Inception

 

Warner Bros

 

Rating: PG-13

 

Reason for the Rating: Sequences of violence and action throughout.

 

Plot Summary: A dream "invader" must enter another person's dream to plant an idea, rather than steal information.

 

PopFam Recommends: This movie is rated PG-13, but due to the philosophical ideas and confusing plot, it's one you will want to see with your older children, spouse, and/or friends. Plan to spend time after the movie discussing the plot and its meaning!

 

When I was in college, a philosophy professor had his students write a paper titled, "How I Know Dreams Are Not Actually Reality." Having taken Philosophy at another college, I didn't have to partake in this task, but many of my friends had to think on this topic for at least a week at some point. I wonder if Christopher Nolan had to write such a paper, and if this is where the idea for Inception was born. If so, he probably got a pretty good grade.

 

Inception is a labyrinth of a movie that isn't easy to describe. Weaving a story is one thing, but creating a maze within a maze and getting everyone through is amazing. Inception is the story of Cobb (Leonardo DiCaprio), a man who enters the dreams of others to extract ideas. In other words, he's a thief. Due to a previous incident, he is currently exiled from his country and has lost his family (and longs for them with all his heart). So when Japanese businessman Saito (Ken Watanabe) offers to solve Cobb's problem as payment for a job, Cobb is interested. Until he learns the job isn't stealing information, but planting an idea. Inception. Stealing is one thing, but planting is far more complicated and dangerous. Still, Cobb can't resist when it means being reunited with his children.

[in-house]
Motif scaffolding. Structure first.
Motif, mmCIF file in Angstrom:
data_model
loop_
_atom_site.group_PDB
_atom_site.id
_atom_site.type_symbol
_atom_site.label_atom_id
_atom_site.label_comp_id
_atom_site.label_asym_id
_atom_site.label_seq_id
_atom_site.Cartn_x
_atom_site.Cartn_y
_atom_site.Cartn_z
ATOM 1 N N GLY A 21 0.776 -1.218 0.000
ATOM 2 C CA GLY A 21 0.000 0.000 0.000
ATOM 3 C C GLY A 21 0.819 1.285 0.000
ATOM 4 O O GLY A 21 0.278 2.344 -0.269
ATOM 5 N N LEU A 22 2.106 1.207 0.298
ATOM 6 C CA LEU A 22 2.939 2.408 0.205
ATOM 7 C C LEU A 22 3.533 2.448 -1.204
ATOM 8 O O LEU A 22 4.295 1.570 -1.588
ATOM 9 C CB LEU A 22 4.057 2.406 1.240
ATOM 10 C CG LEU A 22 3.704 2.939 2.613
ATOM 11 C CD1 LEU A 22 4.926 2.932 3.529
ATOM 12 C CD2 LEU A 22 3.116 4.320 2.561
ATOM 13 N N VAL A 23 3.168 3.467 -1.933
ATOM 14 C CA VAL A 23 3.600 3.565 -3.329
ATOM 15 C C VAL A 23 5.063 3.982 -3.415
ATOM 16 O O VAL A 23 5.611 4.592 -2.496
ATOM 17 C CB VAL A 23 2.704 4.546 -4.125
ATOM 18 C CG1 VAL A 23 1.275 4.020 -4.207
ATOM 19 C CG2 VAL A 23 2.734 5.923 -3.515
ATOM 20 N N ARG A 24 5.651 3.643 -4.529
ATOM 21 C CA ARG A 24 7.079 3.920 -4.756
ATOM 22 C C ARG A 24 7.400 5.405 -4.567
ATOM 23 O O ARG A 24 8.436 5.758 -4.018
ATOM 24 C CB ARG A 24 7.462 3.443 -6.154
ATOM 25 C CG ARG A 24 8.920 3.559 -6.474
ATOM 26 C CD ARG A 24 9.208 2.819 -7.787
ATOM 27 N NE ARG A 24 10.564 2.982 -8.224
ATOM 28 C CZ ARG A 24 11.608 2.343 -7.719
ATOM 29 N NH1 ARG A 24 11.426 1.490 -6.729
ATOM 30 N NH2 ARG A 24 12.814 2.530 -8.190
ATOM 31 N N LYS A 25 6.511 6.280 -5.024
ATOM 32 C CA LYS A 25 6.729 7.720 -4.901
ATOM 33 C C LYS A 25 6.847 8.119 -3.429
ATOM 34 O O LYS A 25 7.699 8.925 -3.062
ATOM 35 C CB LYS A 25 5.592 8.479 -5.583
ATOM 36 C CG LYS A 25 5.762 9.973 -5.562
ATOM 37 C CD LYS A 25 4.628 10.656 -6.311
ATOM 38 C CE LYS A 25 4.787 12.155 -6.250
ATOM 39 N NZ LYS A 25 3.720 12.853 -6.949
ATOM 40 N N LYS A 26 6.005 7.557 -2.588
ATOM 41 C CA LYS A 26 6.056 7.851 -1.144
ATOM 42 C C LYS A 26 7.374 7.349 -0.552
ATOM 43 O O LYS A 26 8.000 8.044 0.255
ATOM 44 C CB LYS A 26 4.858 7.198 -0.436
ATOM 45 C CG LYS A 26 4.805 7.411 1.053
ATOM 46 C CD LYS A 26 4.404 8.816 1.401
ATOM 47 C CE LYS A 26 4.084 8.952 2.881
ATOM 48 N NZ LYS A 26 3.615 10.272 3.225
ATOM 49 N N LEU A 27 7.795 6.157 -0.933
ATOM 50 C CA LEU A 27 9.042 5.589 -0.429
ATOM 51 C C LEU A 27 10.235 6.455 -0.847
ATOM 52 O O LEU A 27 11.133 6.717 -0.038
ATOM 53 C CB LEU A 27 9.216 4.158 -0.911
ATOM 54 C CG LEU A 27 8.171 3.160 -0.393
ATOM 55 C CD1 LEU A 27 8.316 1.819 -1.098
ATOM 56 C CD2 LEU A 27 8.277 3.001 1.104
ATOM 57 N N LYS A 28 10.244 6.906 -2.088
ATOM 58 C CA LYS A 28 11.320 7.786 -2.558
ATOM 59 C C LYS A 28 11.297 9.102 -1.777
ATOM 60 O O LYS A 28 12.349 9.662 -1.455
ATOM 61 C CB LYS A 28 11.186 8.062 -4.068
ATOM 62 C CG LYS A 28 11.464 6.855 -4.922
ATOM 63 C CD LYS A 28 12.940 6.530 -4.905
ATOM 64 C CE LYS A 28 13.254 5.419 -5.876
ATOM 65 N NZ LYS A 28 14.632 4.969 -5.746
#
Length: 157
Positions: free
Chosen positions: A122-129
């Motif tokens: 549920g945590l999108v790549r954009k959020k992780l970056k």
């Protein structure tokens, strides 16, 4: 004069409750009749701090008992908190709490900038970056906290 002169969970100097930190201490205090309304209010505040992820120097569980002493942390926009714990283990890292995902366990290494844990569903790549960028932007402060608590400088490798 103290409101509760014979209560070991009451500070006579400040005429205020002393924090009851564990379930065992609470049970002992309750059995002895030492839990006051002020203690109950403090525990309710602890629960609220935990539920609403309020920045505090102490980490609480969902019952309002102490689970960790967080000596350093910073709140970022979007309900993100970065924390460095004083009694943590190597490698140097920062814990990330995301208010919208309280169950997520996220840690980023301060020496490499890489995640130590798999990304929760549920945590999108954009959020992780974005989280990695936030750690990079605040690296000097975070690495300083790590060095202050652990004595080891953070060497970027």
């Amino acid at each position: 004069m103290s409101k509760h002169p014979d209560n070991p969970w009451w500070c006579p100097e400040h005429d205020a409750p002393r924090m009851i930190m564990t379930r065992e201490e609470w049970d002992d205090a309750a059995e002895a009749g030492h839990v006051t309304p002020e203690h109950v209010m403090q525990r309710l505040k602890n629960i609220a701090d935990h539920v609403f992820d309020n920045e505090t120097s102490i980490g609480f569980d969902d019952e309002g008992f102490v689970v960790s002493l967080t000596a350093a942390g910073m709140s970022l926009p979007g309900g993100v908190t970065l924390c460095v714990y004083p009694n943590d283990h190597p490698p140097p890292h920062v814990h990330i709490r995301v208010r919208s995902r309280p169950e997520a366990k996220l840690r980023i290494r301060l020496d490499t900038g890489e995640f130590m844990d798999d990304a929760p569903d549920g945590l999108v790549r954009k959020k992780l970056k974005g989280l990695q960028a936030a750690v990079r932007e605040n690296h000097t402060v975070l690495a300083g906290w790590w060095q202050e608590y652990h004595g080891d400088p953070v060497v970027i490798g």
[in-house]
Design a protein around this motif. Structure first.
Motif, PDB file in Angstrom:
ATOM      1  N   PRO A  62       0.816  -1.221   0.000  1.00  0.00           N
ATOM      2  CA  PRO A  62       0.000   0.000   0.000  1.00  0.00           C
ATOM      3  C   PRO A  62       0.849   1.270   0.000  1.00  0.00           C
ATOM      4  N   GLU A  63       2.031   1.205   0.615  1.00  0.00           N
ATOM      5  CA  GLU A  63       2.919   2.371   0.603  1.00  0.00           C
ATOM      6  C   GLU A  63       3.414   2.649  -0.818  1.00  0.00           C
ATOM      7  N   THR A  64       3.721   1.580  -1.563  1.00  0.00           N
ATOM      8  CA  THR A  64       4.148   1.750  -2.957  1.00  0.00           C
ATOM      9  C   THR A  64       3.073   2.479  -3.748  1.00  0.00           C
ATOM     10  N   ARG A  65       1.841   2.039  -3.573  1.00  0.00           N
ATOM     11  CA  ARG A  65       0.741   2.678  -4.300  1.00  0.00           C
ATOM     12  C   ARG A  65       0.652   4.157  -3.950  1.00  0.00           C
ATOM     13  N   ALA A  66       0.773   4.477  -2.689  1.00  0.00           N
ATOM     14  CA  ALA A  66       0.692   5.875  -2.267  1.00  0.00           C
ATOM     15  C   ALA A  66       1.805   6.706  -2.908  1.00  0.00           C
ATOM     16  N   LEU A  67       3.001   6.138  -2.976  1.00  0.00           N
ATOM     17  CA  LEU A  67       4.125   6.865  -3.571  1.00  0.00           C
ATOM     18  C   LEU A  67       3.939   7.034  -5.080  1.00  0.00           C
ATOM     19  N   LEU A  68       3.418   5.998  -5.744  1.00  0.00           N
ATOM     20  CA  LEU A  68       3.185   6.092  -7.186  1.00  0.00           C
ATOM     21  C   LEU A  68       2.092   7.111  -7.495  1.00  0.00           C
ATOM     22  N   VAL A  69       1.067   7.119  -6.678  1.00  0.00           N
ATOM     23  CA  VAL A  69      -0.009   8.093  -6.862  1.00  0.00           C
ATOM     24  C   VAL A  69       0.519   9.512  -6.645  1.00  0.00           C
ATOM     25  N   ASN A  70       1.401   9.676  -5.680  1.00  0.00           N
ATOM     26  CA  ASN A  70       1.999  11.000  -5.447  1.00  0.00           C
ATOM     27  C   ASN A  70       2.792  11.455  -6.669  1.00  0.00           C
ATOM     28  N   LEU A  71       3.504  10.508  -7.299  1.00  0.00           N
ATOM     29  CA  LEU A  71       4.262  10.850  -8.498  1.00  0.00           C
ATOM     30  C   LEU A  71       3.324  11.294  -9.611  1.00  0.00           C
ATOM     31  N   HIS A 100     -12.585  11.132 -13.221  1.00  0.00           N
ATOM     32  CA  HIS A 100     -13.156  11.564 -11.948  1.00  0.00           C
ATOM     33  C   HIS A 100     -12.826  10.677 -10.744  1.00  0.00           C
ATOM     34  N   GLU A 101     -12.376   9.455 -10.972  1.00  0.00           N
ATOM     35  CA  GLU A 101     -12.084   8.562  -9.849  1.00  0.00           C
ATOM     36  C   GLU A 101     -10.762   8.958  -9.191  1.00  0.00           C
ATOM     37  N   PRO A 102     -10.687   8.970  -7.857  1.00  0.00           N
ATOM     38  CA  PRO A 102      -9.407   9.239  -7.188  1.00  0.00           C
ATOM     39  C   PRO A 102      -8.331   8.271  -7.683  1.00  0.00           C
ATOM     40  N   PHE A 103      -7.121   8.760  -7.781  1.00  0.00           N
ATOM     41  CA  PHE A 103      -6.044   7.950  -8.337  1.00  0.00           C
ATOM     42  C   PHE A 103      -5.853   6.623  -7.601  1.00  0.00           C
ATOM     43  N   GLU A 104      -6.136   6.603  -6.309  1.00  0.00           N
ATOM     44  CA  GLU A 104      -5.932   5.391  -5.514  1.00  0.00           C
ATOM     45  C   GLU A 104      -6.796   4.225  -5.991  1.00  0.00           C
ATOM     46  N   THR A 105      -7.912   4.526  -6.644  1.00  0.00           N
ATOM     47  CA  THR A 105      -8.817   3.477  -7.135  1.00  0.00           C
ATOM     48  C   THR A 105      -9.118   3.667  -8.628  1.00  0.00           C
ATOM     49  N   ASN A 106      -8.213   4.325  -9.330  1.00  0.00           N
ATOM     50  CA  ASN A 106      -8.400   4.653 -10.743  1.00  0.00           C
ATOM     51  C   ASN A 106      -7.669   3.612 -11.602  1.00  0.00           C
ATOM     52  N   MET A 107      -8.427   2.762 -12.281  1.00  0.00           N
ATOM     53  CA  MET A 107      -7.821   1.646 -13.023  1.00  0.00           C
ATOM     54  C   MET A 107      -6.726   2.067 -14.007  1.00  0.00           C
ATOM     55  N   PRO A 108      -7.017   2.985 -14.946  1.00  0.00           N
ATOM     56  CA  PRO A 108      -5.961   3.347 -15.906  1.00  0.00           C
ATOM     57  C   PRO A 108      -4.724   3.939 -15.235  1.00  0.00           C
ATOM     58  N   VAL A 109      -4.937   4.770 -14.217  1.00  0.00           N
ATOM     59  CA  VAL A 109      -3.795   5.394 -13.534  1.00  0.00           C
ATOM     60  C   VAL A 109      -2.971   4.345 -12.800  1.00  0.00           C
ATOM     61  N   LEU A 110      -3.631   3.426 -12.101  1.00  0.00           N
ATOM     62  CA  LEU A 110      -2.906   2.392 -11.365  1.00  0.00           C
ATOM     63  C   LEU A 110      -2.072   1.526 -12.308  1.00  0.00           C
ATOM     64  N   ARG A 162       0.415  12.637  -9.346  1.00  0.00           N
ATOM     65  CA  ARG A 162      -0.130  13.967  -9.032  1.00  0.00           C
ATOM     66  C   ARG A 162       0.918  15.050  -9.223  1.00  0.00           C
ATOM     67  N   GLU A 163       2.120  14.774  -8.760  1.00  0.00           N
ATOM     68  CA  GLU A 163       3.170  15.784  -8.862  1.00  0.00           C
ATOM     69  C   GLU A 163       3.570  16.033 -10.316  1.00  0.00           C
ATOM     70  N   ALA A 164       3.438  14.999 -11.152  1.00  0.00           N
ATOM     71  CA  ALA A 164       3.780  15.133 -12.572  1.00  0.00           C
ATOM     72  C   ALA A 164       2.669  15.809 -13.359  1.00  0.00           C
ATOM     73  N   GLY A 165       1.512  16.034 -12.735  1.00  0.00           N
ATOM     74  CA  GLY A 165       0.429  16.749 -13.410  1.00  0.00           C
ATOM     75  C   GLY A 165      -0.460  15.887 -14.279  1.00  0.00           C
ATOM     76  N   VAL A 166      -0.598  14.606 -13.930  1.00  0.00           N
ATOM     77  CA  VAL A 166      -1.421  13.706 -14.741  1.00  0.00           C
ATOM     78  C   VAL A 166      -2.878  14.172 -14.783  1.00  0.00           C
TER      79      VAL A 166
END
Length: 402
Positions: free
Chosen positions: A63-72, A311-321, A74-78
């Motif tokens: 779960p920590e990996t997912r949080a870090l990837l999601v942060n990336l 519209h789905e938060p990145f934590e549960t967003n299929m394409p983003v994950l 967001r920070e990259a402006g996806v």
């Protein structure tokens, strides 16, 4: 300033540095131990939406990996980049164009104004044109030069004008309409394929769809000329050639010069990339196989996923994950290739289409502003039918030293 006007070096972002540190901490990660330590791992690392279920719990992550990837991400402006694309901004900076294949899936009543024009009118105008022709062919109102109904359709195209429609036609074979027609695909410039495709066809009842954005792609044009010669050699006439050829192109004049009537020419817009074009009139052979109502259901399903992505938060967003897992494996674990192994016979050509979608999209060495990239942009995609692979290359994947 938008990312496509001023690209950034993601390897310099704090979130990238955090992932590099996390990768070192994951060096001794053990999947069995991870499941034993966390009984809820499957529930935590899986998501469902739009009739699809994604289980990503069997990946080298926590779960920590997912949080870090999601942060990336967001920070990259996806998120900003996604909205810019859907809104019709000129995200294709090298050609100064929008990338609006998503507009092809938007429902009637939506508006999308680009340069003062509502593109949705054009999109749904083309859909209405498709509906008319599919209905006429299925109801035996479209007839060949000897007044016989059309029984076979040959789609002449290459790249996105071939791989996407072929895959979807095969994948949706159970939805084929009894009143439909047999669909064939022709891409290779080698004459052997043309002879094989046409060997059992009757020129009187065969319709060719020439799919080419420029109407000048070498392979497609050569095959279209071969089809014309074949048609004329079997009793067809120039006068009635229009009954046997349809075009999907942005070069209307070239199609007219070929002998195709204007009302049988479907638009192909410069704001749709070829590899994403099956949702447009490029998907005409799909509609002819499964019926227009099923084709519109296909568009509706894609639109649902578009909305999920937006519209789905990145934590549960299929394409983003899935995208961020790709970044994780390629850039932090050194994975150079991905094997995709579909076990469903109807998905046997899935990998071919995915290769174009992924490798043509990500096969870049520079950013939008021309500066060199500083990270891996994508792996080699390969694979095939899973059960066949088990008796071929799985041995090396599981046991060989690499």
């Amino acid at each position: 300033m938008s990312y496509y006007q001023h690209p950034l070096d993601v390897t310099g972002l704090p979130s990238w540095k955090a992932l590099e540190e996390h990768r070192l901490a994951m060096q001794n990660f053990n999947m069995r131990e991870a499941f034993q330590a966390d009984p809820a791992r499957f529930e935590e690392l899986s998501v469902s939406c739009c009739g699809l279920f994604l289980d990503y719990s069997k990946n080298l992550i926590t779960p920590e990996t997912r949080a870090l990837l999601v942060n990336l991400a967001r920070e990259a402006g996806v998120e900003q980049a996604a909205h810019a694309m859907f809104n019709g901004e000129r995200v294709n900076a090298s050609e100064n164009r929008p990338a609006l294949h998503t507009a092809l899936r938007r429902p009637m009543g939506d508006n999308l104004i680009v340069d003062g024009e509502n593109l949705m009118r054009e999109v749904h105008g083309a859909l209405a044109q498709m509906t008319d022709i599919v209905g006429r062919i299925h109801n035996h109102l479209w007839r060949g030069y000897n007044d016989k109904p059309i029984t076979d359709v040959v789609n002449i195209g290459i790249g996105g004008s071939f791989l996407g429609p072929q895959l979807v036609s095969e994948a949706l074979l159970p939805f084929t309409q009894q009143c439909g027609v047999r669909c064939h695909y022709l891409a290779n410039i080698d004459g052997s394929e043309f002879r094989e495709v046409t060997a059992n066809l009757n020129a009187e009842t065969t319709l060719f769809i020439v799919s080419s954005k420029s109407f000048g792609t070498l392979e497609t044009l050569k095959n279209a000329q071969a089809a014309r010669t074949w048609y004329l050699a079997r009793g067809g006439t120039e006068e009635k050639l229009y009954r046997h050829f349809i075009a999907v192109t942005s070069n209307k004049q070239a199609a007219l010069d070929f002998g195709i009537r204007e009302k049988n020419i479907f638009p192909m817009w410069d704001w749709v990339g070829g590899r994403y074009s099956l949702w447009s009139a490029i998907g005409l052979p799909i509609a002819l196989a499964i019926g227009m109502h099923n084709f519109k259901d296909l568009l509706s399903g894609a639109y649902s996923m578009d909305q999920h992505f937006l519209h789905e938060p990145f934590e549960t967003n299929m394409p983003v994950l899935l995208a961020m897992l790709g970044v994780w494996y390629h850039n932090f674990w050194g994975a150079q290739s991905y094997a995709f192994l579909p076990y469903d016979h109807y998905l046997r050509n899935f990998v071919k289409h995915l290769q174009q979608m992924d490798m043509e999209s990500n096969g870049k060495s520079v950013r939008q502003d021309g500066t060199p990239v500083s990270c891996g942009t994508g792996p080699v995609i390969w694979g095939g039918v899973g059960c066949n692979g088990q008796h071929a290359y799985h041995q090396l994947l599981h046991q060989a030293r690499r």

Cobb begins to assemble a team of people who will assist him for this one last job. Of course he needs Arthur (Joseph Gordon-Levitt), his right-hand man. Joining the team is Eames (Tom Hardy), a "forger" who impersonates friends and family in dreams, Yusuf (Dileep Rao), a chemist who mixes some potent sedatives, and Ariadne (Ellen Page), a new "architect" who creates the landscape for the dream. All of these will enter the dream of Robert Fischer (Cillian Murphy) in order to plant an idea in his subconscious.

 

That is the basic story of Inception, but in actuality, it is incredibly convoluted and sometimes as difficult to understand as your own dreams. Which is part of the beauty of this movie. Nolan makes it hard to determine reality from dream, as the characters enter dreams within a dream within a dream...layers of reality and subconscious that are all so vivid. Of course in a dream anything is possible (as we have all experienced in our own dreams), cities fold over on themselves, a street can explode with no one getting hurt, and a bullet doesn't cause death (dying in a dream simply makes you wake up). Which makes being inside someone's dream a rather interesting, as well as unstable, environment.

 

Inception is a movie like no other. Yes, it has action, conflict, and suspense, but it is a unique story. You cannot leave the theatre and say, "Oh, that's just like Mission Impossible," or any other movie that has ever come out. The concept behind it is thought provoking (your ideas and secrets are hidden in your mind/dreams, so what if you could share another person's dreams?) and the way the story is told is exceptional.

 

Let’s Talk About It

Use these questions to spark discussion among family members who are interested in this movie:

 

• If you could share your dreams with others, would you? If so, who? Explain.

 

• Was Cobb really reunited with his children, or was it a dream?

 

• Cobb dealt with incredible guilt and regret and tried to "fix" it by creating a world in his subconscious. In what ways do we try to fix our past mistakes on our own? When have you experienced God fixing your past?

 

Bonus Question: In Inception, dreams become reality for some people, and they pursue dreams in order to escape reality. In what ways do you "escape" reality?

 

--JW

 

Note: All product-related graphics in this article are standard publicity/promotional shots and are owned by their respective publisher.

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